Recap: Brooks

December 5, 2010

Gwendolyn Brooks has famously said “I’m interested in telling my particular truth the way I have seen it.” I think she has masterfully reflected the “truth” of the lives of poor urban African Americans, and in doing so, frequently incorporated thematic elements of racial and ethnic identity that reverberate throughout her poetry.

My favorite Brooks poem is “The Bean Eaters.” I think this poem’s greatest strength lies in it’s rhythm, especially in the first stanza. The first and third lines of the first stanza each have ten syllables, while the second and fourth lines are notably shorter. I almost see it as a call and response type of rhythmic quality, similar to that of Jazz. The first two lines are “They eat beans mostly, this old yellow pair./Dinner is a casual affair.”  The shorter response suggests, thematically, the couples’ meager and “lowly” social status. The abruptness of the line further reinforces this notion, and we see it again in the next two lines: “Plain chipware on a plain and creaking wood,/ Tin flatware.” The abruptness of the 4th line–which is the response to the third line’s description–again fortifies the idea of the couples’ low social status, and the adjectives “plain, creaking,” and “tin” serve as a concise and resonant characterization of the couple as modest and perhaps even frugal people.

In some of Brook’s other poems, and especially in the Anniad, we see her use color imagery (like “caramel, chocolate,” and “tan”) to categorize different skin colors and races. I wonder if the adjective “yellow” means that the couple is Asian? I’m sure how I want to read into that word choice there. Another strength of Brook’s is her emphasis on words at the beginning of her lines–through the use of repetition and spondee. The first two lines of the second stanza each begin with the words “Two who.” I definitely think both of these syllables should be stressed, and thus,  I read them as spondees, which emphasizes the connection between the two, and lessens any difference between them, as if they have grown into nearly one person through their experience of being elderly, urban, and poor. And as with many of Brooks’ poems, she uses controlled imagery to present the reader with physical objects that perhaps carry emotional weight and represent the memories of the old couple: they “lean over the beans in their rented back room that is full/of beads and receipts and dolls and cloths, tobacco/crumbs, vases and fringes.” Structurally, it is interesting to note that these lines are much longer, and more fluid than the previous lines in the first two stanzas. Maybe brooks does this because these things exist in the memories of the old couple–maybe their current reality is harsh and stark (hence the short succinct lines earlier) but now that they’re going back and looking through all these old objects, their reality becomes more fluid and less contained in that precise moment. Maybe the flowing quality of the lines parallels their consciousness flowing back through memories. I think Brooks is truly a master of her craft and she comes through as easily one of the most important American contemporary poets; I’m glad we got to study her work.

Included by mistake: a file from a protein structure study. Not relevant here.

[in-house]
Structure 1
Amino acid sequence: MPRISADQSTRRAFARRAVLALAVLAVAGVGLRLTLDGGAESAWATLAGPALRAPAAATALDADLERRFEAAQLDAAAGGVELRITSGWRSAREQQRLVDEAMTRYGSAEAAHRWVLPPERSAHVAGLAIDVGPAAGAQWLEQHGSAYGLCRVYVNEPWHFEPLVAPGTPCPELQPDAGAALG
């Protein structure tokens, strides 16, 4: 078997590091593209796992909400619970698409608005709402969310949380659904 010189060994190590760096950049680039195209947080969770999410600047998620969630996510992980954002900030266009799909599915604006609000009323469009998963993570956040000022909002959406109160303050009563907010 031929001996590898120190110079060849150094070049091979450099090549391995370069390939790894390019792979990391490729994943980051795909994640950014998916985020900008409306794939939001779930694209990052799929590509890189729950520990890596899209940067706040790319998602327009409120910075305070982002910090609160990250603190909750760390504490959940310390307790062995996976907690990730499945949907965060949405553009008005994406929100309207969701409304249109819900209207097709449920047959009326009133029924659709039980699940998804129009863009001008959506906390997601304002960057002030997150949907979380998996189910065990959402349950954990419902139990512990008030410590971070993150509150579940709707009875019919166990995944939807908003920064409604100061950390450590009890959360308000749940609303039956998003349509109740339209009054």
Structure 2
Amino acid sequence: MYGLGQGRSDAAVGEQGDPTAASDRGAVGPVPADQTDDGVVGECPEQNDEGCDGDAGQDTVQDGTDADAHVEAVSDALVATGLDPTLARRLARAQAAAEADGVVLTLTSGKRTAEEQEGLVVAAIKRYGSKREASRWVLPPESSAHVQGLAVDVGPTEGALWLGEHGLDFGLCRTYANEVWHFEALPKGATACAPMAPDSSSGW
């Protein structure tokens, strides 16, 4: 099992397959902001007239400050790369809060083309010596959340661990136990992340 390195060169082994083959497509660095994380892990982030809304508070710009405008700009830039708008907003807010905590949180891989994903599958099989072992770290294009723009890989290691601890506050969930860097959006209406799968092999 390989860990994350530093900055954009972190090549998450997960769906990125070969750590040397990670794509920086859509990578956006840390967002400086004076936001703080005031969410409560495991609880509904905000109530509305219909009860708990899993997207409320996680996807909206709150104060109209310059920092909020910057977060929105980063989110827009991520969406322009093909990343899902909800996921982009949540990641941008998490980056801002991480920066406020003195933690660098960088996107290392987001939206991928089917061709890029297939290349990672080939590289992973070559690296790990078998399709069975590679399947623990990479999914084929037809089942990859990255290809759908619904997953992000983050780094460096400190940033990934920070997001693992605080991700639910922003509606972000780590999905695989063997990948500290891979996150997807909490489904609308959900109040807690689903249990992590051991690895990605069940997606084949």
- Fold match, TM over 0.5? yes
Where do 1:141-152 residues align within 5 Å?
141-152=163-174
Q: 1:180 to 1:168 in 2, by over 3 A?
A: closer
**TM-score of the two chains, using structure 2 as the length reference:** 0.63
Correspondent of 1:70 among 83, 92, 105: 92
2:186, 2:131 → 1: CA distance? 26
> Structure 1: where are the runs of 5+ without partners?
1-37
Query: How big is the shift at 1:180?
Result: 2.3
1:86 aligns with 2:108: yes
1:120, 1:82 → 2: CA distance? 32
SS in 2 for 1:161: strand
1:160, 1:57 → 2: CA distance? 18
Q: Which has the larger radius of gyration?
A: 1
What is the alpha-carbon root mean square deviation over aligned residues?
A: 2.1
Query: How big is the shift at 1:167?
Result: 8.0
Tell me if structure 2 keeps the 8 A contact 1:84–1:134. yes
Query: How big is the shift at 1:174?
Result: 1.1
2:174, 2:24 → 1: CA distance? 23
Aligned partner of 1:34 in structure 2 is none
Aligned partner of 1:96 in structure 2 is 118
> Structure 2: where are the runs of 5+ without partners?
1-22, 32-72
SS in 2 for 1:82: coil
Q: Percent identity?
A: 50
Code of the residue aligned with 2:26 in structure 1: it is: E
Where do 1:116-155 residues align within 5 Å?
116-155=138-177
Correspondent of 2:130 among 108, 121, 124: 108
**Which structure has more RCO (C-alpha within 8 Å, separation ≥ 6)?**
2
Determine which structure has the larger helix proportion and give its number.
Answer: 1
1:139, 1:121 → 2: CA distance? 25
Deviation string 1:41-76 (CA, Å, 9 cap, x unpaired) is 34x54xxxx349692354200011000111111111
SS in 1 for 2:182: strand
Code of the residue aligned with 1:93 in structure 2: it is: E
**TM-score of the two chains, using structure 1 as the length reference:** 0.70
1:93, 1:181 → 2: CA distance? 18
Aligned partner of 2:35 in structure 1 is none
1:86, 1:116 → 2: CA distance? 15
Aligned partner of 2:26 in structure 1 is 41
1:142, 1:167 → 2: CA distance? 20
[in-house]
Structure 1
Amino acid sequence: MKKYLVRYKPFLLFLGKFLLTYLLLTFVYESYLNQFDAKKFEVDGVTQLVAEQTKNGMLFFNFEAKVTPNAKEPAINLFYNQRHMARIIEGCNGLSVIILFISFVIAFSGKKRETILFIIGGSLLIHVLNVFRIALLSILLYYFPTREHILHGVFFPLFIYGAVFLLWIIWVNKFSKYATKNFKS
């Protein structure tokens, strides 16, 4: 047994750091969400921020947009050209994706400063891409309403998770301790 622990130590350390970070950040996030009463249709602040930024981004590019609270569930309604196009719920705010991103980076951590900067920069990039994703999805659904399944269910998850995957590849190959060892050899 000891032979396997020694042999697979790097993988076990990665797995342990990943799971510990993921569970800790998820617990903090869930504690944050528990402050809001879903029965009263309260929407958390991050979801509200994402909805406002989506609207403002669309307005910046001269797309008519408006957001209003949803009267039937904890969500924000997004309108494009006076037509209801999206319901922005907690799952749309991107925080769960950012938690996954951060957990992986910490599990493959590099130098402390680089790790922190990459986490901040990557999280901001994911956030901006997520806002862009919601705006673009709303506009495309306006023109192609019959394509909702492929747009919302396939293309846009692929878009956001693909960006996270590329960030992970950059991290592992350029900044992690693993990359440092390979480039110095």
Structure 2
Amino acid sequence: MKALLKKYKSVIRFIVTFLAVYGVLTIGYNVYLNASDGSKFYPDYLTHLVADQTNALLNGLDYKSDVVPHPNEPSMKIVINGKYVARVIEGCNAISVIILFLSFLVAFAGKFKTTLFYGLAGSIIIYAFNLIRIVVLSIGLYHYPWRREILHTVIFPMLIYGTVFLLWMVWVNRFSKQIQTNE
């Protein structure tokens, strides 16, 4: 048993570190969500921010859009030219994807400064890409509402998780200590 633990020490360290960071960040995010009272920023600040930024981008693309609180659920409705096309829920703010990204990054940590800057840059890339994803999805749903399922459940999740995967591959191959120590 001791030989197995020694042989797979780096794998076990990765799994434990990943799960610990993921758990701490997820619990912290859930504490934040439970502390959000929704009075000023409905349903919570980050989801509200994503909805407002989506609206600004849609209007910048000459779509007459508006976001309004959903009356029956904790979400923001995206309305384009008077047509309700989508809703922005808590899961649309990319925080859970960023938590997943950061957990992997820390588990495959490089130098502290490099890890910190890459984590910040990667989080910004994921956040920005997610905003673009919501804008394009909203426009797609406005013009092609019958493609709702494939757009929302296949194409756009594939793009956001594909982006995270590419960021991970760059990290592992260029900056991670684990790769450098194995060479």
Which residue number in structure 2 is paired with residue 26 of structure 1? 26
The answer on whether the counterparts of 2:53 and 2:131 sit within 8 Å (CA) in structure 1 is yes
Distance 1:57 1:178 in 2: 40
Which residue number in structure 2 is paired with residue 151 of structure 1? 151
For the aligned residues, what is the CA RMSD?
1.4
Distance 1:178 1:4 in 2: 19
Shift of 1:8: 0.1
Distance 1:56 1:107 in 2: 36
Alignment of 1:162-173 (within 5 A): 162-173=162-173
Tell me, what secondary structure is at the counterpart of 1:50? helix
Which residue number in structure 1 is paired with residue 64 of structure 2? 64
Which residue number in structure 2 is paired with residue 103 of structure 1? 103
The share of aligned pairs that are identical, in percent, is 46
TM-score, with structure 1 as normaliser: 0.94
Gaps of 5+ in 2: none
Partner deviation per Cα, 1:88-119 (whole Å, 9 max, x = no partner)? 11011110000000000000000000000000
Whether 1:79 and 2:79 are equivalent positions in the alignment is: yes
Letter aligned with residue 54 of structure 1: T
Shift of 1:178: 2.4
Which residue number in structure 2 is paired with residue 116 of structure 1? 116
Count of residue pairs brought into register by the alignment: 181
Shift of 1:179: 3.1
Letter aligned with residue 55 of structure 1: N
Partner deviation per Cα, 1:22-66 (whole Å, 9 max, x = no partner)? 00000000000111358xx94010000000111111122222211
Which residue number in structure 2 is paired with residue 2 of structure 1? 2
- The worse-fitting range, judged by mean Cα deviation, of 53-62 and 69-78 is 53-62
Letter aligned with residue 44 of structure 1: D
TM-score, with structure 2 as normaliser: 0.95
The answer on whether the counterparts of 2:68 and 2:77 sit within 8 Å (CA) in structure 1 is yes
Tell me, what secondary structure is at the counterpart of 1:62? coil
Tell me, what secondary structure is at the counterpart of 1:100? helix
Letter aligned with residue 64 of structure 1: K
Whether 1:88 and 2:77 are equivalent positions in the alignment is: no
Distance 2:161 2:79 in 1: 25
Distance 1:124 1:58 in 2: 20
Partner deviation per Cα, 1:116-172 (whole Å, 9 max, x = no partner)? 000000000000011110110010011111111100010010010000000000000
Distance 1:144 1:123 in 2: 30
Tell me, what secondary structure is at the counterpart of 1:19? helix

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Gwendolyn Brooks Reading

October 4, 2010

I bought a book called Poetry Speaks the other day at Borders, and it had 3 tracks of Gwendolyn Brooks reading. I wish there were more, I like her voice a lot. I have already listened to We Real Cool at least 20 times. I am being hypnotized by it…

A Song In The Front Yard A Song in the Front Yard

Kitchenette Building Kitchenette Building

We Real Cool We Real Cool

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